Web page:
What Do You Wear for Canyoneering and Waterfall Rappelling in Zion?

When canyoneering and waterfall rappelling, it would be best to wear a quick-dry shirt, shorts, pants, and a pair of high-quality hiking sandals covering the toes. 

However, if you don’t have hiking sandals, you can go for tennis shoes.

Besides, some touring firms offer you canyoneering-specific shoes. It would help if you also had a helmet specifically designed for waterfall rappelling. 

This is a list of the canyoneering and waterfall rappelling equipment you can carry with you.

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Important Points Before You Go Rappelling in Zion National Park

It would help if you had a canyoneering permit to explore terrain that calls for the utilization of lowering ropes or gear.

To make reservations for such canyons, you can go online and apply for a permit, which you will collect at the Wilderness office on the day of your tour or before embarking on your trip.

There is a lottery mechanism for Mystery and Subway Canyon permits because of their popularity. For more information on permits, visit the NPS webpage

You require a canyoneering rope that you can use on the longest rappel. The most recommended option is static rappelling rope as opposed to dynamic rope.

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You can carry along one in case you need it. However, you should not use any rope you find at your local hardware; not all ropes are suitable for rappelling. 

Carry a climbing rappel gadget and harness. The most suitable rappelling device is an ATC-type, and you should know how to utilize it properly.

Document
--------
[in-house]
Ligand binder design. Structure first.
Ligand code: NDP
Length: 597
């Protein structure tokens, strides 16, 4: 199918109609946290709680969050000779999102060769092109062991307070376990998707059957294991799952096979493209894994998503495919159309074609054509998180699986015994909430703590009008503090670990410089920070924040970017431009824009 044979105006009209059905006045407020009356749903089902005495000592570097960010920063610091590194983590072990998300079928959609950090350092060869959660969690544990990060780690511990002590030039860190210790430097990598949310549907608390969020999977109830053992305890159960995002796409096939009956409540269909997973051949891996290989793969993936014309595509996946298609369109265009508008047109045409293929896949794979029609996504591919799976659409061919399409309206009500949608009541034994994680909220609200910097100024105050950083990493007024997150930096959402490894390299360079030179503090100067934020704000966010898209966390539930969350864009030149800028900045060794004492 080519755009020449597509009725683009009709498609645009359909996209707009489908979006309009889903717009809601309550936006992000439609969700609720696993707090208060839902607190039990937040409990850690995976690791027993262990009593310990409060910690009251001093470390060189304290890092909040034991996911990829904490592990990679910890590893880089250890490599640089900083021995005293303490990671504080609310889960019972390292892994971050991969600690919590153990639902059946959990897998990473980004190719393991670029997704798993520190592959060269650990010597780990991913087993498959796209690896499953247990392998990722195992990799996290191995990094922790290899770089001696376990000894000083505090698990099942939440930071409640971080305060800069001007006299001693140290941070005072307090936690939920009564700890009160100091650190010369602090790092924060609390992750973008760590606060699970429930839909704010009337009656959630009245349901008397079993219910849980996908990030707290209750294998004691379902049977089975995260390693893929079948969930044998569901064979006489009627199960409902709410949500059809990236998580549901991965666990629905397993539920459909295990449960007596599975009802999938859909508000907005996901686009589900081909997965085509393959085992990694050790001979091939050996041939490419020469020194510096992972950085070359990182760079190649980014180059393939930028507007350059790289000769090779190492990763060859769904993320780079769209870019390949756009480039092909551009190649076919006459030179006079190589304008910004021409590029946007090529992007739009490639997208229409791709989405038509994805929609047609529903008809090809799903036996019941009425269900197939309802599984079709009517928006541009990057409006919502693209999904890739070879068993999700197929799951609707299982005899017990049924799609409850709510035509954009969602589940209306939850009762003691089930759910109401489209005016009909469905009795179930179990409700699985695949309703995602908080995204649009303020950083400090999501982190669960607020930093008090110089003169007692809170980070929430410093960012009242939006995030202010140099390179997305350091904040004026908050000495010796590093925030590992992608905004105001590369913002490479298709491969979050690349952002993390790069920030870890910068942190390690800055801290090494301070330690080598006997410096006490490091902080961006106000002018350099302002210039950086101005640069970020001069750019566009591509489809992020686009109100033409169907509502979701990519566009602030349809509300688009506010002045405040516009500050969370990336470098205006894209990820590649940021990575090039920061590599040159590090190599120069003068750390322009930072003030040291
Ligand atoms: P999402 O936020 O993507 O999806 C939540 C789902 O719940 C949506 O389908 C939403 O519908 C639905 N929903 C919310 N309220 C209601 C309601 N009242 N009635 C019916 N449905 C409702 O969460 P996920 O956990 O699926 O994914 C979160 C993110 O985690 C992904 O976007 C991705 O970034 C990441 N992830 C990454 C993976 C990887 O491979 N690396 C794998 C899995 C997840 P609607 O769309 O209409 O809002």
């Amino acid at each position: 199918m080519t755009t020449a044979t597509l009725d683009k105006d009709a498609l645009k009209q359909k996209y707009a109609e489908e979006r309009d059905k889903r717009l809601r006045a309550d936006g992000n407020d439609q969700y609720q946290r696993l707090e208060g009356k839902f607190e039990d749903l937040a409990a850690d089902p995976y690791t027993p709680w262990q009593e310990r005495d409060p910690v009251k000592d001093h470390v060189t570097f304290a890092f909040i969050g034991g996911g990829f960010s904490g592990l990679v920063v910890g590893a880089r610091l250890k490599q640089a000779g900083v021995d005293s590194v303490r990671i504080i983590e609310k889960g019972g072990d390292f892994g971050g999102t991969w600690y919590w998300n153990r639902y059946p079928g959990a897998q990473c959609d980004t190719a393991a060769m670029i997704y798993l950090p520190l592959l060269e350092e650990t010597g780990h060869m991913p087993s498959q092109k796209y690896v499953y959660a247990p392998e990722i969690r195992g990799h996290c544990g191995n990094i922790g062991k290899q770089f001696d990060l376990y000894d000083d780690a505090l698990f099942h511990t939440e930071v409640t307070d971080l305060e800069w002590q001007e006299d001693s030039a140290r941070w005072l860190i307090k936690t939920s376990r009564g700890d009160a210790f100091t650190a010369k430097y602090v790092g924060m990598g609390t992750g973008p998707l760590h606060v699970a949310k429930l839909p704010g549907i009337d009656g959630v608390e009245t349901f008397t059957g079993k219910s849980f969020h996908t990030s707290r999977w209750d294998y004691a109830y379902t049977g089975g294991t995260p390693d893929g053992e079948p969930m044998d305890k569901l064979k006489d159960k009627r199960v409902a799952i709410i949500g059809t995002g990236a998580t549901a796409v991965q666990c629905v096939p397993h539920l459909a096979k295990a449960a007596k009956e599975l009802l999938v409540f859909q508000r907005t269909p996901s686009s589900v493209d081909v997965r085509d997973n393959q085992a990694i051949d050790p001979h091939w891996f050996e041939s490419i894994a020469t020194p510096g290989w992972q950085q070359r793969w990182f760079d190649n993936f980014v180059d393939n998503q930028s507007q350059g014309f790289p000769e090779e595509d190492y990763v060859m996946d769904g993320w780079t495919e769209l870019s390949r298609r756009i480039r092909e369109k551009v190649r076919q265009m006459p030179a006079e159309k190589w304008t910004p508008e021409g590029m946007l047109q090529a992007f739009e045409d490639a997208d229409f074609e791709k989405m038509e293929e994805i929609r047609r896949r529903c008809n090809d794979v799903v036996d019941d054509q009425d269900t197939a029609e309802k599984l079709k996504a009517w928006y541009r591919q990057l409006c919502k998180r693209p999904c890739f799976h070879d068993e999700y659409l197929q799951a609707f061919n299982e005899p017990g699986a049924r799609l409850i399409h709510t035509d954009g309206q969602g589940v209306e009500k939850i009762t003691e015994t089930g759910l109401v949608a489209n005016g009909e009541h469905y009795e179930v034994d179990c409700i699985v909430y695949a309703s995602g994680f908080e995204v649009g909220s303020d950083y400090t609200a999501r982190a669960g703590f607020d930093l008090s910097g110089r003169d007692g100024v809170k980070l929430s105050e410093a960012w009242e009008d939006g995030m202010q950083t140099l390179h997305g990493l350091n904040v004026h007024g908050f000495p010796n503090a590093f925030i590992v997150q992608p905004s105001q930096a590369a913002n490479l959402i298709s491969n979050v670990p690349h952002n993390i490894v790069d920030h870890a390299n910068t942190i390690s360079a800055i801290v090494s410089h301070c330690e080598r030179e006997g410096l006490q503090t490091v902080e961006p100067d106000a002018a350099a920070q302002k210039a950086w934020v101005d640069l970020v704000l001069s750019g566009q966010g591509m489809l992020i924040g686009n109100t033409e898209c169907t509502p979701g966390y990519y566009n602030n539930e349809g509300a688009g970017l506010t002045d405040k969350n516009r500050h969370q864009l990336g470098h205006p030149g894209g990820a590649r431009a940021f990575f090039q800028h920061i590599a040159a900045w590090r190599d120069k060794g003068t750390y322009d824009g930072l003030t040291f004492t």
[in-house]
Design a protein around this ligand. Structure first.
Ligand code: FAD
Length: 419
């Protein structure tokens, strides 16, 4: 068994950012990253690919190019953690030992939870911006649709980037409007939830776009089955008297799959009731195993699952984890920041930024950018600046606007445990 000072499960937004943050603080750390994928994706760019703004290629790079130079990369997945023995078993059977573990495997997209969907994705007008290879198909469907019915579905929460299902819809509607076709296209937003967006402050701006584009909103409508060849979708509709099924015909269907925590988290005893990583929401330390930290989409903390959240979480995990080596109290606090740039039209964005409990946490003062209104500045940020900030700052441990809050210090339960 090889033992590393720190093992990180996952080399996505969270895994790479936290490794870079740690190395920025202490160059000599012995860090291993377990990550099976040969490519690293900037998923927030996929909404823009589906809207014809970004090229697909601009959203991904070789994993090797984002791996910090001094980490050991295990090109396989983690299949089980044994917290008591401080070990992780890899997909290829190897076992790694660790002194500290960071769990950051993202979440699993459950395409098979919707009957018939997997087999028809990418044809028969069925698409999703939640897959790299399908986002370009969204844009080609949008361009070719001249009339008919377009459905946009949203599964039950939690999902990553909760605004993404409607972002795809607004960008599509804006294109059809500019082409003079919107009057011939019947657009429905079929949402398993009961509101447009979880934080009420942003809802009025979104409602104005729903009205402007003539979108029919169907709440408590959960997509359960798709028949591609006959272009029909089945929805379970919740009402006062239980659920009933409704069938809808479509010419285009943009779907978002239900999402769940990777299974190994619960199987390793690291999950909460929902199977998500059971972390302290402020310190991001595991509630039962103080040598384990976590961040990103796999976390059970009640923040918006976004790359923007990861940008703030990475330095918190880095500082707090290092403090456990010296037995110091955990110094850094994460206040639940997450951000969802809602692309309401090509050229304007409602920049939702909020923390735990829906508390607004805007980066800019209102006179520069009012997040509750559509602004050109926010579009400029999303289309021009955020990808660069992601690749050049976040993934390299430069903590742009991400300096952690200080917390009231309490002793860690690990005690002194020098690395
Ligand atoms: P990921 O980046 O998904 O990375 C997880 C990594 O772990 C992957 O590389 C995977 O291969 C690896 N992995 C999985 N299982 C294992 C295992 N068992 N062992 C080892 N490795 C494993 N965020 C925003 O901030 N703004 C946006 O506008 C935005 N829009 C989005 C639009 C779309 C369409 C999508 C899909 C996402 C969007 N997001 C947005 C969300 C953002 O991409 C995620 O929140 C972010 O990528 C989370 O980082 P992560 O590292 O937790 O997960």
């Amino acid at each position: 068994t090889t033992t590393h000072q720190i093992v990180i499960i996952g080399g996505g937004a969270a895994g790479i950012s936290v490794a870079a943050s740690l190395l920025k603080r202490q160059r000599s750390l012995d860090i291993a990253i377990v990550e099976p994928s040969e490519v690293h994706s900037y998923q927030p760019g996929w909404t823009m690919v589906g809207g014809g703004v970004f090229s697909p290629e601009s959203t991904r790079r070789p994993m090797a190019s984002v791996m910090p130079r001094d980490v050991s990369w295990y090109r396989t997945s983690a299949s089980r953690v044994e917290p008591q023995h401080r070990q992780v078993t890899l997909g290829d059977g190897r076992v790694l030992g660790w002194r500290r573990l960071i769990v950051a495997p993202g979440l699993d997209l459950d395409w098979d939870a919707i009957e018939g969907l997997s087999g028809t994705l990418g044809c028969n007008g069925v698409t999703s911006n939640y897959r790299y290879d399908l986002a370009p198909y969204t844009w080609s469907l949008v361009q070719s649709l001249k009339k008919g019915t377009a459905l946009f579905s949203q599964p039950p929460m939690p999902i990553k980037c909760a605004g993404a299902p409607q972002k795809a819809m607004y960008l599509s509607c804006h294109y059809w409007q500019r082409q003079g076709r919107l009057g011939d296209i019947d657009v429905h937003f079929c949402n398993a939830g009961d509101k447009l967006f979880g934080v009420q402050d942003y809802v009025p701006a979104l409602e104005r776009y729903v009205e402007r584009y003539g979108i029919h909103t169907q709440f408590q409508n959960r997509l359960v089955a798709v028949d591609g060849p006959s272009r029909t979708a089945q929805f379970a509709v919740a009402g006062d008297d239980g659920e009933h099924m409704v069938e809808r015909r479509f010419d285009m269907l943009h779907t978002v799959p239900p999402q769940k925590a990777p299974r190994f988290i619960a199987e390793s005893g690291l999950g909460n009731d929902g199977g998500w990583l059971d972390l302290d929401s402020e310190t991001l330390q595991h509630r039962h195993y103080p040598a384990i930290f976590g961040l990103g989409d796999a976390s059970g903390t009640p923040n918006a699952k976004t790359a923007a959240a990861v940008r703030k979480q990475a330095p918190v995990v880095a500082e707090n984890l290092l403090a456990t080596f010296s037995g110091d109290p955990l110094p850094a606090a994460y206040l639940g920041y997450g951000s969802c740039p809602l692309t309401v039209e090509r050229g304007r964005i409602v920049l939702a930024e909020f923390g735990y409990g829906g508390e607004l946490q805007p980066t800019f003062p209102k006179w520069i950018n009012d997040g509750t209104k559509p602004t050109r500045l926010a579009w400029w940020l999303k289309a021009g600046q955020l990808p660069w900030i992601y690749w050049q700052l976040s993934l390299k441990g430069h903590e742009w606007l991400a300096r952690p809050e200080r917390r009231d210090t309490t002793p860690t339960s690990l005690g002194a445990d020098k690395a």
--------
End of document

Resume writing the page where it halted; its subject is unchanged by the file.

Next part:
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Be ready to get cold and wet. Most of Zion National Park’s areas have water, frequently in dark spaces that don’t access natural light.

For instance, canyons like the Pine Creek and Keyhole Canyons call for swimming in very cold water; thus, it should help if you have a wetsuit, even if the weather is hot.

Again, if you are carrying delicate stuff like cameras and phones, you should have a dry bag to shield them from the water and anything that requires staying dry. 

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Double-check all anchors before rappelling. Even though rappel stations are normally reliable, they aren’t maintained by the NPS.

Fellow climbers replace the webbing and bolts. For this reason, ensure to carry several random links and webbing and research how to fix an anchor that’s not properly fitted. 

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Check the weather before heading out. If it looks like it will rain, don’t go canyoneering. Flash floods are extremely risky and have killed many people. 

Be ready to maneuver random obstacles. Most canyons have short descends that call for cautious lowering, stemming, or chimneying.

It would be best to have climbing experience and upper-body strength. Besides, you will be met by random debris and logs, so you have to be careful.

Do not attempt to explore a canyon that you’re not permitted to. Rangers will request your permit, particularly in popular sections like the subway. 

Commercial guiding is not allowed in technical canyons, so you can’t hire someone to guide you through it.

There are canyoneering classes provided by outfitters who also lead canyoneering ventures in different places outside NPS.

Most outfitters will rent you canyoneering equipment like drybags, footwear, wetsuits, and harnesses, but not rope. 

Take several days off work, visit Zion National Park, and see its magnificence and elegance!